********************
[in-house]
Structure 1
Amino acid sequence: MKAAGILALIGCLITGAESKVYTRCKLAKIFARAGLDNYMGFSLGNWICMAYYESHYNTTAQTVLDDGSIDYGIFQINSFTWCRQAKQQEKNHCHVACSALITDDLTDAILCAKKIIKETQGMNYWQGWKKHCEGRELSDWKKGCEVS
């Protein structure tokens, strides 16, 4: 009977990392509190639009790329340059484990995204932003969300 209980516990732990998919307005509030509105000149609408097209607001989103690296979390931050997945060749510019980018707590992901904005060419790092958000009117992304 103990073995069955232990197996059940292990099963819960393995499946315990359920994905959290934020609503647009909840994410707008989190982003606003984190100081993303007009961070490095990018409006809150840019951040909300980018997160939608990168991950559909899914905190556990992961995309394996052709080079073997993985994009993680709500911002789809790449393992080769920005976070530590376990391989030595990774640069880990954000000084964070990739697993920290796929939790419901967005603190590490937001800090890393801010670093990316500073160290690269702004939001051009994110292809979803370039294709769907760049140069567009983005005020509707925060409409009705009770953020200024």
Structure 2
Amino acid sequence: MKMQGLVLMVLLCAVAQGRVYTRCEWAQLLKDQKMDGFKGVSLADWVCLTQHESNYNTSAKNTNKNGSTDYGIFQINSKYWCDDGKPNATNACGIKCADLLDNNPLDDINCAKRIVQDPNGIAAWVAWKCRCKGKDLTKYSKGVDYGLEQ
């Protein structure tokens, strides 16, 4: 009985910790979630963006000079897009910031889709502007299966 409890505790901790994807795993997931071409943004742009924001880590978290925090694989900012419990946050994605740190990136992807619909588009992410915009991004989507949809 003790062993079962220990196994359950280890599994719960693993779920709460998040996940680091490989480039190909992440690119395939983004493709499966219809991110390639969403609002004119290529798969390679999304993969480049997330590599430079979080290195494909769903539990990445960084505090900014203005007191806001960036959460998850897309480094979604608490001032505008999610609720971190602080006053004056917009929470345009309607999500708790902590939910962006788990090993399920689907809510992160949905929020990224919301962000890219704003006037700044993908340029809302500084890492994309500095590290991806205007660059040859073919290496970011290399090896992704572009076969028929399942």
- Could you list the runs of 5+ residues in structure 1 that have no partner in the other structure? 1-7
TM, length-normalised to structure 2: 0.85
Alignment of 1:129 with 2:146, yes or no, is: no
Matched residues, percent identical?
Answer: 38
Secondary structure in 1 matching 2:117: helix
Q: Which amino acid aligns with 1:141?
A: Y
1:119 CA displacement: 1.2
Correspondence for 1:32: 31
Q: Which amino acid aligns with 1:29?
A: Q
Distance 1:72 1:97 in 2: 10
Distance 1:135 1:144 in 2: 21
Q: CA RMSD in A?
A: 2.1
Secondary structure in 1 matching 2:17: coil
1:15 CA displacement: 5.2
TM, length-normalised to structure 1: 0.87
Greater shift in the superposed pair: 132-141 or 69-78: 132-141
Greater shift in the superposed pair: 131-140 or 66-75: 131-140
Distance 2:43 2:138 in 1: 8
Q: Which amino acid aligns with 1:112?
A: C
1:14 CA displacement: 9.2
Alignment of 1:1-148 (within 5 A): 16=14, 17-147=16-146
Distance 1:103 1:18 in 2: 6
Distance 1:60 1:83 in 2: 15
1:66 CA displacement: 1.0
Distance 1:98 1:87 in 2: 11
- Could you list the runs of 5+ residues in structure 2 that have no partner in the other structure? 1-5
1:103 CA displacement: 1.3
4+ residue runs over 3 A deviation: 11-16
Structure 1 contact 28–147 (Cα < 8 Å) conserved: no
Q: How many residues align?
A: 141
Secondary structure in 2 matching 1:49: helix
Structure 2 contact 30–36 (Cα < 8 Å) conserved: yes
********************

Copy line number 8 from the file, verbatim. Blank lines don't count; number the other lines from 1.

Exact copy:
- Could you list the runs of 5+ residues in structure 1 that have no partner in the other structure? 1-7